Narratives can be spun in a myriad of ways, from songwriting, painting, poetry, and sculpting; the only limit to any medium is the human imagination. And in many instances, the artist’s process of exploring and manipulating the medium is as intriguing as the content of the work itself. Textile artist Bryana Bibbs fuses weaving and painting to create an artistic style that is uniquely her own. The solo exhibition, Numb, at Oliva Gallery charts her development as an artist and her journey to discover the best medium to convey her story while processing her complex emotions.
The painting and sculptures that comprise Numb span the years 2020-2023. The very blue and melancholic painting Why Do We Fall as well as her darkly brooding and intense painting 3:16 AM reflect an influence from Bibbs’ experience as an art student, where she started as a painter. These vivid paintings are characterized by multidirectional lines of paint, visible paint mixing, and thick paint strokes that manage to look both deliberate and spontaneous. They have a sense of rapid movement that feels urgent. When I met with Bibbs in her studio, she emphasized the reactionary nature of these pieces. With titles pulled straight from the lyrics of songs that remind her of a moment in time, the paintings represent an immediate outlet for an immediate emotion. Each brush stroke is compelling and impactful.
These paintings were created in 2020, the same year Bibbs founded the We Were Never Alone Project, a weaving workshop for victims and survivors of domestic violence, a subject the artist has an intimate knowledge of.
Also included in the exhibition are large-scale woven works, her most ambitious pieces. They’re much slower in comparison to works like Why Do We Fall and 3:16 AM. While Bibbs’ paintings can be characterized by their brusque and energetic movement, her weightier wall sculptures are defined by their dense materiality and consideration. Bibbs shapes the entire piece at nearly every step of the process. The yarn that makes up the pieces is produced over hours and hours. She starts with the processed wool shorn from the likes of sheep, llamas, goats, and alpacas. She then tactfully cards, blends, and spins turning the bags of wool into fine colorful yarn. It’s only after the manual manipulation is complete that she weaves the large sculpture, another highly labor-intensive process. The time investment into each sculpture connects with moments in Bibbs’ life. Her stylistic evolution from painting to full-on weaving coincided with the tumultuous end of a harmful intimate relationship. All of those memories and experiences are woven into each inch of the works.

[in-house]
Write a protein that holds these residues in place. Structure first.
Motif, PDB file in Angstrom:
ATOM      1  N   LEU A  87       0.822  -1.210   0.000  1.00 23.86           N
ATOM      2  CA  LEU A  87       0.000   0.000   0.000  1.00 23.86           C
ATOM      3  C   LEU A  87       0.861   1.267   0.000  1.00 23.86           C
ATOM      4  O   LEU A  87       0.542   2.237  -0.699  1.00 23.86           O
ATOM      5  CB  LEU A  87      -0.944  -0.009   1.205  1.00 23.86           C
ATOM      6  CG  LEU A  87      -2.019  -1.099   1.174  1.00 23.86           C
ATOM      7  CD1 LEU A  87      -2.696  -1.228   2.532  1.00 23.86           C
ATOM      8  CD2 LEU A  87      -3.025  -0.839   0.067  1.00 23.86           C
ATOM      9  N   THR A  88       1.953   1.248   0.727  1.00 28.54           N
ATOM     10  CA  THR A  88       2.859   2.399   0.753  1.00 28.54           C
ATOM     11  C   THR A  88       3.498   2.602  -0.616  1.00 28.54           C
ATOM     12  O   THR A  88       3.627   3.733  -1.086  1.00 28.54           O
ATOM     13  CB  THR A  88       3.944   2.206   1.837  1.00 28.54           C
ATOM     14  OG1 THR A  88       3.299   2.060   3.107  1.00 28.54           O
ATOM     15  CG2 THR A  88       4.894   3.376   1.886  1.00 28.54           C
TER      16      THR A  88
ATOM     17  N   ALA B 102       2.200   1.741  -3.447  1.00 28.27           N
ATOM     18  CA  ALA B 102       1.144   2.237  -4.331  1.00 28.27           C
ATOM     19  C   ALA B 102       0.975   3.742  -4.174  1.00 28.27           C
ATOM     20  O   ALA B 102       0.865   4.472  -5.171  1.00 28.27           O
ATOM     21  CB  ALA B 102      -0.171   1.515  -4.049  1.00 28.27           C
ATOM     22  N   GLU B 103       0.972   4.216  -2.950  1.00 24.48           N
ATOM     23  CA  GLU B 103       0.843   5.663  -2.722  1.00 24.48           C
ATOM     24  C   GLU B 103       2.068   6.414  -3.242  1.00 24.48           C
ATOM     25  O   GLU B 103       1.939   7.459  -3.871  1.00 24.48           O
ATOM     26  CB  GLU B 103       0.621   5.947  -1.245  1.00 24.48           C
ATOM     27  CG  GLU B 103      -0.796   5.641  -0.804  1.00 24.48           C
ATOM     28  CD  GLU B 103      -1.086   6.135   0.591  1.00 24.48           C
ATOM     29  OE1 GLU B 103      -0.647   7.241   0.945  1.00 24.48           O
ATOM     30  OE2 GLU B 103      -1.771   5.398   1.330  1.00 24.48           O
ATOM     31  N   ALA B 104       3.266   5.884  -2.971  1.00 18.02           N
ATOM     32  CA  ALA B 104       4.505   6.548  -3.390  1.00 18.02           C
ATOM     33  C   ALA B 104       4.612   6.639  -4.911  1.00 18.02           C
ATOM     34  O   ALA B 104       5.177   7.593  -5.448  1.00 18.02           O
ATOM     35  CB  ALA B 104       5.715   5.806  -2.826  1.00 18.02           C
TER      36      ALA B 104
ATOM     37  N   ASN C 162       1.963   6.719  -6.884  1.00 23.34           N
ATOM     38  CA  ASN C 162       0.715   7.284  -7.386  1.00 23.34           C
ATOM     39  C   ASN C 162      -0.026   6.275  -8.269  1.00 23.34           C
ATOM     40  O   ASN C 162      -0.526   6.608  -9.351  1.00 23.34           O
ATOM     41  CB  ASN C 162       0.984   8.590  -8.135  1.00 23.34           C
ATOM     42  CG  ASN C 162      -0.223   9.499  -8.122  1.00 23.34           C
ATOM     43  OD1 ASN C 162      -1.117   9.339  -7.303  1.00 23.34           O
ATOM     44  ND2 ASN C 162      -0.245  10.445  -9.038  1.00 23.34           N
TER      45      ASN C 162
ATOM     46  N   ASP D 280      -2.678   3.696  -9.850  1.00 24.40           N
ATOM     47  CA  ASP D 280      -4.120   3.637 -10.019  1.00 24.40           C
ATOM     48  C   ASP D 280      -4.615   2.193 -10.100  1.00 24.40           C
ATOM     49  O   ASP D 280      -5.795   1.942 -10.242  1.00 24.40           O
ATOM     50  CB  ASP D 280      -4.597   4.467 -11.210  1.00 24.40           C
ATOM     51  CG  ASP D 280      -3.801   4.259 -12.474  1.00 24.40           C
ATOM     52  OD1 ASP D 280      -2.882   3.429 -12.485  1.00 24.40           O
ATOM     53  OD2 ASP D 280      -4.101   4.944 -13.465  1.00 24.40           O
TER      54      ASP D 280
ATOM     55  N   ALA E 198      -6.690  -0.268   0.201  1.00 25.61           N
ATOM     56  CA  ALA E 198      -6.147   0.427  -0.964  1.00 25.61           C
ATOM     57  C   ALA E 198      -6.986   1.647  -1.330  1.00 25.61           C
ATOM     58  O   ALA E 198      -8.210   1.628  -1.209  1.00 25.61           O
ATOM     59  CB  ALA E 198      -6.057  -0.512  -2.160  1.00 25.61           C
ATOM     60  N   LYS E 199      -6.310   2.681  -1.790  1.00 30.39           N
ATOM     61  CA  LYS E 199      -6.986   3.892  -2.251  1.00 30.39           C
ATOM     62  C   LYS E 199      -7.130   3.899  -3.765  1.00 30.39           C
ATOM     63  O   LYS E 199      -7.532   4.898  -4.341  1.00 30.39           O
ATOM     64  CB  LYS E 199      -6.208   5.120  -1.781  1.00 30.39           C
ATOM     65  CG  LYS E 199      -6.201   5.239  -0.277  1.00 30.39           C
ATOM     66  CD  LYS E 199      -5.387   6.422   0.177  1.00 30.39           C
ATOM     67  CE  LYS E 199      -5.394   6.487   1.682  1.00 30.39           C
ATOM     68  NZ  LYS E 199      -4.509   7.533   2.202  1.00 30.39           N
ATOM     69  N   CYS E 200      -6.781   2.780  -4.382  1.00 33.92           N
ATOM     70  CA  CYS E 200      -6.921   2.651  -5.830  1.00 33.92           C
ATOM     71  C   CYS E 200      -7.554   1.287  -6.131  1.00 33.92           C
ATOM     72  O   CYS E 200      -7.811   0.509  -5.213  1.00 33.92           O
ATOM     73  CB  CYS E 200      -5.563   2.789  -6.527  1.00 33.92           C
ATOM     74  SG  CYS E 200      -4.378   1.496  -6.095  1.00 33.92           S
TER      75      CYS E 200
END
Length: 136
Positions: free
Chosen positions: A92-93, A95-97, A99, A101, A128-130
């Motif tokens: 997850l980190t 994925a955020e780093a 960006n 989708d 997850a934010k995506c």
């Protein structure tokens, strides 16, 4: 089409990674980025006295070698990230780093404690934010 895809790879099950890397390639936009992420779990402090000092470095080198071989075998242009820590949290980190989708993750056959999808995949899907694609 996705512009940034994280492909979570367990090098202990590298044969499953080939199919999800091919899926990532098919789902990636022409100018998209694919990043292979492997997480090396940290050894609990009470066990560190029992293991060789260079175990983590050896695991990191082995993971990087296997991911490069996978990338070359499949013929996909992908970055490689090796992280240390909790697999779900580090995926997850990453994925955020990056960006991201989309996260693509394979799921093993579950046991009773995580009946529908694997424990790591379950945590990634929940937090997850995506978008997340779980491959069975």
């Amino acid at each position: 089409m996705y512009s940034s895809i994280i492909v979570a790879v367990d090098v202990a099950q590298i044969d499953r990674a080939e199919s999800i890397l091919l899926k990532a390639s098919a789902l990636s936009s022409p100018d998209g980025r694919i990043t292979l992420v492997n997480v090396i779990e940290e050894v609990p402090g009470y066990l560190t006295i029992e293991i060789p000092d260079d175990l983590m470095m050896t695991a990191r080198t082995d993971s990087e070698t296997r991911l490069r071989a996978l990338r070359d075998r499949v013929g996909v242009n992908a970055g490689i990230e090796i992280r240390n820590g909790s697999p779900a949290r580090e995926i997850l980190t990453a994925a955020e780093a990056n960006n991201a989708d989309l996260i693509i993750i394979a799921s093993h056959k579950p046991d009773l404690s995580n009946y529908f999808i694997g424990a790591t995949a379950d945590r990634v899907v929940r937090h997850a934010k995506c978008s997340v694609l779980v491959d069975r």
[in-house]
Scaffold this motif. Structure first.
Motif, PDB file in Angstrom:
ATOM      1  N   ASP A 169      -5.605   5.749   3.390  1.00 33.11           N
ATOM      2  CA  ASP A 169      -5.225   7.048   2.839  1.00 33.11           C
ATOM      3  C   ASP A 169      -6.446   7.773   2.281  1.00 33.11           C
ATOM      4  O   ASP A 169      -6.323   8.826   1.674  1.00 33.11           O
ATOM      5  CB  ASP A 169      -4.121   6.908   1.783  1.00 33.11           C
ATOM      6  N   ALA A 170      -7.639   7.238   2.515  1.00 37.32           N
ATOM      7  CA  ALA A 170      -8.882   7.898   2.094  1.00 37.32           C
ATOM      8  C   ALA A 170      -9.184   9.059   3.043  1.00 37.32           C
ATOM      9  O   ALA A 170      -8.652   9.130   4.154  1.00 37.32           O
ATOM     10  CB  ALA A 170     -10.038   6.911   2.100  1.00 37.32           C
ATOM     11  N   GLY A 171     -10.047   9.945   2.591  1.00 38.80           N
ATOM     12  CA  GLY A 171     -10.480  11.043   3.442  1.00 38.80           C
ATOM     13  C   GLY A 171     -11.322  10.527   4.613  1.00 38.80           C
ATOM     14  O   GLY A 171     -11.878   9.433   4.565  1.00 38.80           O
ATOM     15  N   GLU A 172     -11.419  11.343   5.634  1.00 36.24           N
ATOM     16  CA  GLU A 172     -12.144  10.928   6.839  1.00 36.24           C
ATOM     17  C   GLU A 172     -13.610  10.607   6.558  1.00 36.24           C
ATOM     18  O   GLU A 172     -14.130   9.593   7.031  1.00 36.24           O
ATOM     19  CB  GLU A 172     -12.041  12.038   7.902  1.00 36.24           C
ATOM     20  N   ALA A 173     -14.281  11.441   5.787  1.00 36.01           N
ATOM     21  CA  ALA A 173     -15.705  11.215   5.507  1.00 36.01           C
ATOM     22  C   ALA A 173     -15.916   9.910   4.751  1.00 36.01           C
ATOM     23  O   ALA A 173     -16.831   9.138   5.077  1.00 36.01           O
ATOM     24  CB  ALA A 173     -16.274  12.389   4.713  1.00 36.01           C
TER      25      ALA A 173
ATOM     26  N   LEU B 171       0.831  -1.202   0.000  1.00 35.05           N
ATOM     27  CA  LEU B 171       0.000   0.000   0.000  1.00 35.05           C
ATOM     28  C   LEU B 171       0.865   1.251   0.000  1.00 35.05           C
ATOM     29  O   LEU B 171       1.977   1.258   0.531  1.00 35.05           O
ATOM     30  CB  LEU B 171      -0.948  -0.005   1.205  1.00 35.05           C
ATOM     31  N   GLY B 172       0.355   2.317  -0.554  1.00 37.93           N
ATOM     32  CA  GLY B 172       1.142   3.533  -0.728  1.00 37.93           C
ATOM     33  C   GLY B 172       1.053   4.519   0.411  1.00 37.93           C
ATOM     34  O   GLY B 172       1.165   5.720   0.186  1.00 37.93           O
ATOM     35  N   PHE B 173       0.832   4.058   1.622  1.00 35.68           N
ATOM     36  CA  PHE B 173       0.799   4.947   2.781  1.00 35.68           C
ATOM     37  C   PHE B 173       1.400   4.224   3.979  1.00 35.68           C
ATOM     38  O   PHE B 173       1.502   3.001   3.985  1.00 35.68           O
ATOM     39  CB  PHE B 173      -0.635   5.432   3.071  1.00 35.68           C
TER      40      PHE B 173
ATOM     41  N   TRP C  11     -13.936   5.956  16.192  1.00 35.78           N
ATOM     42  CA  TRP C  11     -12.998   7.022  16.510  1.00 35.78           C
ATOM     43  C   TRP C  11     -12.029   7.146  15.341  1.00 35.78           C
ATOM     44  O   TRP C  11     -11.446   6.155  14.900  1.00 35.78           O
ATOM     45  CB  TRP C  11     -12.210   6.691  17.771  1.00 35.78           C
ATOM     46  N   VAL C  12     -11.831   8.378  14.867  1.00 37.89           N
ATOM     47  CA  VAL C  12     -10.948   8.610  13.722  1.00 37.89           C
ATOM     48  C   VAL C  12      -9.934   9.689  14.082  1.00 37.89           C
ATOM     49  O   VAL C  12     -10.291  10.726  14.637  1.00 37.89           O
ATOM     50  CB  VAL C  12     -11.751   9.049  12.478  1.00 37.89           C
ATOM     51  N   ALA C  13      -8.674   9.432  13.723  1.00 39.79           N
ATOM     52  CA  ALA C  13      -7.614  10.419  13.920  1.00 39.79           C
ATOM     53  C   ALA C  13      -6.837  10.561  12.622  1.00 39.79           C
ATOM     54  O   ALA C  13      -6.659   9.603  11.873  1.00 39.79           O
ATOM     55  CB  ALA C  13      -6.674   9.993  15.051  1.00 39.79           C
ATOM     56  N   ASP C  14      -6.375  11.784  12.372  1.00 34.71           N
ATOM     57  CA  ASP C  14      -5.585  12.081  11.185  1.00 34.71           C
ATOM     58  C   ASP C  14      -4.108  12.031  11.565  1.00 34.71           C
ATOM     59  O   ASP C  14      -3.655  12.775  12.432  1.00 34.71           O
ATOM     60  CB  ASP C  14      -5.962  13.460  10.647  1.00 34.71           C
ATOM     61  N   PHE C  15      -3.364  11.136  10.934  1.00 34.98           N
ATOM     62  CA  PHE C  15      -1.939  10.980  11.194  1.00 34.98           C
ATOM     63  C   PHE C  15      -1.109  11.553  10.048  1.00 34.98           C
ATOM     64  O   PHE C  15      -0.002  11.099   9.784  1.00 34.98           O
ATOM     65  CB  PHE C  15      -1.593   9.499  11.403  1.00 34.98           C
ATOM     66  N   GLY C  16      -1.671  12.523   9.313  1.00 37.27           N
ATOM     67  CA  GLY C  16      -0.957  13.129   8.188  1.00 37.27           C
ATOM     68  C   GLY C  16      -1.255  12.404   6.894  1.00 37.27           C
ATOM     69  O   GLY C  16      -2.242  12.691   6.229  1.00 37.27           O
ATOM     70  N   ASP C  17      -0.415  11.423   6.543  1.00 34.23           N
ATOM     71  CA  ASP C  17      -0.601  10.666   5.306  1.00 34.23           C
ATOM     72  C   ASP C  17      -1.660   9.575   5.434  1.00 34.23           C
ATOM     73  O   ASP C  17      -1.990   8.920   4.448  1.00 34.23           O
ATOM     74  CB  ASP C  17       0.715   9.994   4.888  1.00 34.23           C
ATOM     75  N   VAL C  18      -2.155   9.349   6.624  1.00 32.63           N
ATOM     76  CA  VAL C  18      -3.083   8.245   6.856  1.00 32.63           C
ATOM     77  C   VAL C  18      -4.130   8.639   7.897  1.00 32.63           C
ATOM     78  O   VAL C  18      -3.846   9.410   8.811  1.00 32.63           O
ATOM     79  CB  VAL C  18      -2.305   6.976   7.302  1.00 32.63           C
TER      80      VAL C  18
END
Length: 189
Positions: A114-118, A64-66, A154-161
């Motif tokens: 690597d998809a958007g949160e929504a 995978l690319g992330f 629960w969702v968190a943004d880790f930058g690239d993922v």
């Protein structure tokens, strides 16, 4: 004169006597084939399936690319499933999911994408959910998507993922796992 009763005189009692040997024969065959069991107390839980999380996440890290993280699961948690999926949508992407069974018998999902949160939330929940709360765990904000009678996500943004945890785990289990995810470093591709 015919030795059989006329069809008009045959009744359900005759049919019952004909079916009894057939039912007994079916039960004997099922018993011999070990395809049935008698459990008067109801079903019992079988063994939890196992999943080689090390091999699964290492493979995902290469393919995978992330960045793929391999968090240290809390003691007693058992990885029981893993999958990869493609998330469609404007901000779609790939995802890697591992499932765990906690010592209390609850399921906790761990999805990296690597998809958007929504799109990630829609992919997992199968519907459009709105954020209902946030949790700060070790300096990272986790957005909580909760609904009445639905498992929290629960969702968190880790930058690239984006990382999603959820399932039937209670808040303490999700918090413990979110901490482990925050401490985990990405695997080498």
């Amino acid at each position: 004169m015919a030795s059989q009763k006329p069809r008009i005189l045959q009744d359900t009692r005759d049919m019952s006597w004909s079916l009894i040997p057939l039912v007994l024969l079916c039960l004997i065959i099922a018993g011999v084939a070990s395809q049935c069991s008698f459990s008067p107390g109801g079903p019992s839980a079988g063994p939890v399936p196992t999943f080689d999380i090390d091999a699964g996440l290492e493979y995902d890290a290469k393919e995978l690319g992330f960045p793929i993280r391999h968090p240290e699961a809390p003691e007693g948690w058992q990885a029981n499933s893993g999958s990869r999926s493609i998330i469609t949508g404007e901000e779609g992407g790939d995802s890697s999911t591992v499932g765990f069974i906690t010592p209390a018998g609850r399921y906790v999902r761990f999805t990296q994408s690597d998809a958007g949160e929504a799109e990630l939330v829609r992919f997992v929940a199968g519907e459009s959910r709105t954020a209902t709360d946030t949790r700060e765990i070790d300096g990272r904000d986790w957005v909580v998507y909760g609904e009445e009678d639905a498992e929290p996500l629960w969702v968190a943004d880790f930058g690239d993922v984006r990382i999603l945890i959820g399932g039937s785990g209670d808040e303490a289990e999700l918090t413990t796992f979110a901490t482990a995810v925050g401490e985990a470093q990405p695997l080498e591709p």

Bibbs’s evolution from two-dimensional work to three-dimensional work was gradual but almost predetermined. When looking closely, her inclination to craft more tactile work is evident in her earlier paintings. The heavy impasto lends a three-dimensional quality to the paint and creates an appealing visual texture. And even beyond that, other handmade elements appear in the pieces, instead of canvas, she uses cotton, which she wove by hand. In the earlier paintings, you can see her straining against the limitations of the medium. As she explained in our conversations, her weaving practice developed because painting was no longer sufficient. The deeper, more personal themes and ideas she wanted to process couldn’t be fulfilled only using paint. And yet her painterly intuition is still present in the colors of the work. She weaves a visual journey with dark yarn with bright elements, or gradient various pastels. Alone Against It All, is a riotous, explosively colorful piece. The brightly colored yarn bursts forth the piece like fireworks against a night sky. Her embrace of color makes her technically and conceptually challenging work approachable, even inviting.
As Bibbs’s practice expands, she pushes the boundaries of weaving just as she did with painting. In her recent work, a critical avenue for Bibbs to explore three-dimensional mediums is her Journal Series. Her entries take the shape of smaller-scale woven works. As she weaves them, she incorporates pieces of detritus and other bits of life into the sculptures. Branches, leaves, bits of paper, each individual sculpture operates like a page of a diary; the nonwoven aspects offer details and small insights into her life. As she grows as an artist, Bibbs is unrestrained from the boundaries of the work.
Picture the solitary artist, diligently working in their studio, cocooned in their own thoughts. Creating art is a type of meditation. The method an artist uses to tell their story is as important as the content of the story itself. The works that make up Numb chart a fraught time in Bibbs’s life. The process she developed in response allowed her to tell her story of trauma, resilience, and survival. The result is a collection of works centered wholly on artistic expression interwoven with meaning at every level.
Bryana Bibbs’ exhibition Numb is on view at Oliva Gallery from April 7 through May 6, 2023.
About the Author: Jen Torwudzo-Stroh is an arts and culture professional and freelance writer based in Chicago, IL.
About the Photographer: Tonal Simmons, they/them, is a Black queer non-binary artist who is a writer, photographer and painter. Their photography and painting seeks to examine the similarities between flowers, growth, and Black queerness. While their writing explores the idea of DEI within art, creating w/chronic conditions, & lack of access to art for Black and brown creatives. You can check out their personal work at www.tonalscorner.com